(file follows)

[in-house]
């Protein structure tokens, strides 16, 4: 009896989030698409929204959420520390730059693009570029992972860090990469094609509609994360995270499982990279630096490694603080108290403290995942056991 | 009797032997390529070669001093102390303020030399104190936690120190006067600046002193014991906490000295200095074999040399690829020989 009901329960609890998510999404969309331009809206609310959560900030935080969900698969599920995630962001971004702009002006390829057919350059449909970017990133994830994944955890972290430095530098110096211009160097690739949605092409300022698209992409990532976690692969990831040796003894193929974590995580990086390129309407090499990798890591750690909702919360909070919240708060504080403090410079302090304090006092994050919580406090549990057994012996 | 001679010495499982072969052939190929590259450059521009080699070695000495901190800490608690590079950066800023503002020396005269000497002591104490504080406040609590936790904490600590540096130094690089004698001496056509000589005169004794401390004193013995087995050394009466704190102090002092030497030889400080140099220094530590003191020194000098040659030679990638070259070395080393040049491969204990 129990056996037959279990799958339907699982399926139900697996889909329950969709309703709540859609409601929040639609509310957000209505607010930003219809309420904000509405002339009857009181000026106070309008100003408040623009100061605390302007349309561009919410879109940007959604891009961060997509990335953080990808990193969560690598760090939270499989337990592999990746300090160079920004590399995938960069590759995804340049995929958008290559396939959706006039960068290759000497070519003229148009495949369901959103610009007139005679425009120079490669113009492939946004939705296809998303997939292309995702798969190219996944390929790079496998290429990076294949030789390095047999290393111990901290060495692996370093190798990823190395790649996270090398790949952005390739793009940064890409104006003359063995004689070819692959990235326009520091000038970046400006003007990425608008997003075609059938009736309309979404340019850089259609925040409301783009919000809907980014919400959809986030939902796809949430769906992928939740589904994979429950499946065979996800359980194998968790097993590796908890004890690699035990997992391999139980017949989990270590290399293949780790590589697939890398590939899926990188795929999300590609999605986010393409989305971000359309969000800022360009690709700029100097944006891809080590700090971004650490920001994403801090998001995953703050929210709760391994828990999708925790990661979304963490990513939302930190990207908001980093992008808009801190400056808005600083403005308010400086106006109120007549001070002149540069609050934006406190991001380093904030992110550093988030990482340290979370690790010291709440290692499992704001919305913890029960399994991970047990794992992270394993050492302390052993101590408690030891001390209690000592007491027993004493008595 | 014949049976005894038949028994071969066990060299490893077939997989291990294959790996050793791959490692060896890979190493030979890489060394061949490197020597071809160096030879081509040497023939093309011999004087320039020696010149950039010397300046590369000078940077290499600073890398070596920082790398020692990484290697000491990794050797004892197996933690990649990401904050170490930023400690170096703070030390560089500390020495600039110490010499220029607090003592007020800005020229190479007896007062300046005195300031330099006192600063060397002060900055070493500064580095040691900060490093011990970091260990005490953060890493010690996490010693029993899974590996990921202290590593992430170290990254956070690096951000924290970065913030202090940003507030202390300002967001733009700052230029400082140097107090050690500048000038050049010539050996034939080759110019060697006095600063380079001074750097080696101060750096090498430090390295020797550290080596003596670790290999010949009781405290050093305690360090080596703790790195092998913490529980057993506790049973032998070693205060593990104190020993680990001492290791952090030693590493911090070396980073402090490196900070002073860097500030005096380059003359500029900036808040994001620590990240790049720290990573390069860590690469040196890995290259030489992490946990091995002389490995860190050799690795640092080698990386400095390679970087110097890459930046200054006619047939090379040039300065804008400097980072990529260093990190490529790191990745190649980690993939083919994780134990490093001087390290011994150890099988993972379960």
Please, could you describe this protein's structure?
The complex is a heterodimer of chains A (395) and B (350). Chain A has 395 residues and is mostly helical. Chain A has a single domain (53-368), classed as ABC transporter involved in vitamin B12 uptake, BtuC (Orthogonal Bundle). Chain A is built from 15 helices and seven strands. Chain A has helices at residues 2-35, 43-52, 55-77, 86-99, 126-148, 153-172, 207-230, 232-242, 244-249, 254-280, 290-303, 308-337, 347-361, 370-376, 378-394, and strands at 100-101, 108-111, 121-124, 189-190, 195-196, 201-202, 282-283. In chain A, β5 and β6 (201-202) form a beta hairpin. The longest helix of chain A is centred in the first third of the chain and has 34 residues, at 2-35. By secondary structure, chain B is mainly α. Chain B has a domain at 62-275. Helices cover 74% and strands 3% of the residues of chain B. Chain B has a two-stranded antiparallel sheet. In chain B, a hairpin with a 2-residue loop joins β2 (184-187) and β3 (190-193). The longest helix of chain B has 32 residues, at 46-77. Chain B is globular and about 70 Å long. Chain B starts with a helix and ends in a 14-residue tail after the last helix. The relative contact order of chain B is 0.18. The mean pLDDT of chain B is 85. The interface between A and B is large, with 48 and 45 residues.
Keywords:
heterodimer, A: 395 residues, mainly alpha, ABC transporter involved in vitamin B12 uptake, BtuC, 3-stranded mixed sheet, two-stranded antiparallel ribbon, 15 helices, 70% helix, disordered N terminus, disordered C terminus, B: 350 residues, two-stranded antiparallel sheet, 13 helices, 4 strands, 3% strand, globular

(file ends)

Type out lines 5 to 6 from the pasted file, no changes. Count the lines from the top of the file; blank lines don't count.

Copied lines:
Keywords:
heterodimer, A: 395 residues, mainly alpha, ABC transporter involved in vitamin B12 uptake, BtuC, 3-stranded mixed sheet, two-stranded antiparallel ribbon, 15 helices, 70% helix, disordered N terminus, disordered C terminus, B: 350 residues, two-stranded antiparallel sheet, 13 helices, 4 strands, 3% strand, globular